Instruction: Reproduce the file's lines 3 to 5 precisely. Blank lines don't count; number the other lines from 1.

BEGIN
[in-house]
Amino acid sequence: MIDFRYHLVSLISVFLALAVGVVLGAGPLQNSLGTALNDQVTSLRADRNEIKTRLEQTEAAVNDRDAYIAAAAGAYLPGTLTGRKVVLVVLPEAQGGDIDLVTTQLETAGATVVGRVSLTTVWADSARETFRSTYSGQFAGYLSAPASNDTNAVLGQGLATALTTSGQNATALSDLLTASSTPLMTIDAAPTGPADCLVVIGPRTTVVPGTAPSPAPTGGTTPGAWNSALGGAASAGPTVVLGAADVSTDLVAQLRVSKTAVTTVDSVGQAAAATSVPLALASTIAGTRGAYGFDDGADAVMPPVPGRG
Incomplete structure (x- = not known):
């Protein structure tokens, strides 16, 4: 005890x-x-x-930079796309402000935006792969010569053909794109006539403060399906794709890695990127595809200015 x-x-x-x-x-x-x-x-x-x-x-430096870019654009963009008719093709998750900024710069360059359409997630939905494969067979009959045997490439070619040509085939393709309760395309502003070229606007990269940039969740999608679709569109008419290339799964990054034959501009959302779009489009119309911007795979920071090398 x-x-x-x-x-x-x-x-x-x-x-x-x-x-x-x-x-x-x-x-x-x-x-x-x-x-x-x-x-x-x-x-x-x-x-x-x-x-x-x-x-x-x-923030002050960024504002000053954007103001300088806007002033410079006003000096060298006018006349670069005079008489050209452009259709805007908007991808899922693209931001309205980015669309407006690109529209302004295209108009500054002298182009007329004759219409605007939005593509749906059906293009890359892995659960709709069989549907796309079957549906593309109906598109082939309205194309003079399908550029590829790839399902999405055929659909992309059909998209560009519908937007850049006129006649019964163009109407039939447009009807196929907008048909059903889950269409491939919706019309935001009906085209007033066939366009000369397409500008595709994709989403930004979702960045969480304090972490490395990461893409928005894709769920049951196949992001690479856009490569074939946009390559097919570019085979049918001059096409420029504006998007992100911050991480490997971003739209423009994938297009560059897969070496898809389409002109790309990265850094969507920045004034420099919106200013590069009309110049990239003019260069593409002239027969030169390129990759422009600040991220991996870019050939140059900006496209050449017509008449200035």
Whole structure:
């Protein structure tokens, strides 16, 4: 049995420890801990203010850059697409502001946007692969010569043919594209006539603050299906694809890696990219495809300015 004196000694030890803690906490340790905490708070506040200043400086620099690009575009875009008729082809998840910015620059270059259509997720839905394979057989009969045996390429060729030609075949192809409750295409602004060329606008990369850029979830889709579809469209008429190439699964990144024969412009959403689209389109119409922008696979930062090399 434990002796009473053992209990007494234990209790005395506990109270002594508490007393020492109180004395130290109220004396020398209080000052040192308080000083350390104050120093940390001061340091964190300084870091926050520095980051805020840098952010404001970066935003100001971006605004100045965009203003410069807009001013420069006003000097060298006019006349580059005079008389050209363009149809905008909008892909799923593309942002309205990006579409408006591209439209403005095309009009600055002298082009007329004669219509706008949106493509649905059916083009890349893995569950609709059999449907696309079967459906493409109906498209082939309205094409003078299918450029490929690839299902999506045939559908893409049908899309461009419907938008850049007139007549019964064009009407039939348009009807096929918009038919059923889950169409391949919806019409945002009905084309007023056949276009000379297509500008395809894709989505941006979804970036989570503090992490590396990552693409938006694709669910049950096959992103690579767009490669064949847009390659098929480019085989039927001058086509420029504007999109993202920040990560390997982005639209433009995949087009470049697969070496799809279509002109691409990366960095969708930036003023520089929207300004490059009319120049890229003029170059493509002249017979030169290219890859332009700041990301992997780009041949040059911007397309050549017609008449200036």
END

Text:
Incomplete structure (x- = not known):
């Protein structure tokens, strides 16, 4: 005890x-x-x-930079796309402000935006792969010569053909794109006539403060399906794709890695990127595809200015 x-x-x-x-x-x-x-x-x-x-x-430096870019654009963009008719093709998750900024710069360059359409997630939905494969067979009959045997490439070619040509085939393709309760395309502003070229606007990269940039969740999608679709569109008419290339799964990054034959501009959302779009489009119309911007795979920071090398 x-x-x-x-x-x-x-x-x-x-x-x-x-x-x-x-x-x-x-x-x-x-x-x-x-x-x-x-x-x-x-x-x-x-x-x-x-x-x-x-x-x-x-923030002050960024504002000053954007103001300088806007002033410079006003000096060298006018006349670069005079008489050209452009259709805007908007991808899922693209931001309205980015669309407006690109529209302004295209108009500054002298182009007329004759219409605007939005593509749906059906293009890359892995659960709709069989549907796309079957549906593309109906598109082939309205194309003079399908550029590829790839399902999405055929659909992309059909998209560009519908937007850049006129006649019964163009109407039939447009009807196929907008048909059903889950269409491939919706019309935001009906085209007033066939366009000369397409500008595709994709989403930004979702960045969480304090972490490395990461893409928005894709769920049951196949992001690479856009490569074939946009390559097919570019085979049918001059096409420029504006998007992100911050991480490997971003739209423009994938297009560059897969070496898809389409002109790309990265850094969507920045004034420099919106200013590069009309110049990239003019260069593409002239027969030169390129990759422009600040991220991996870019050939140059900006496209050449017509008449200035």
Whole structure: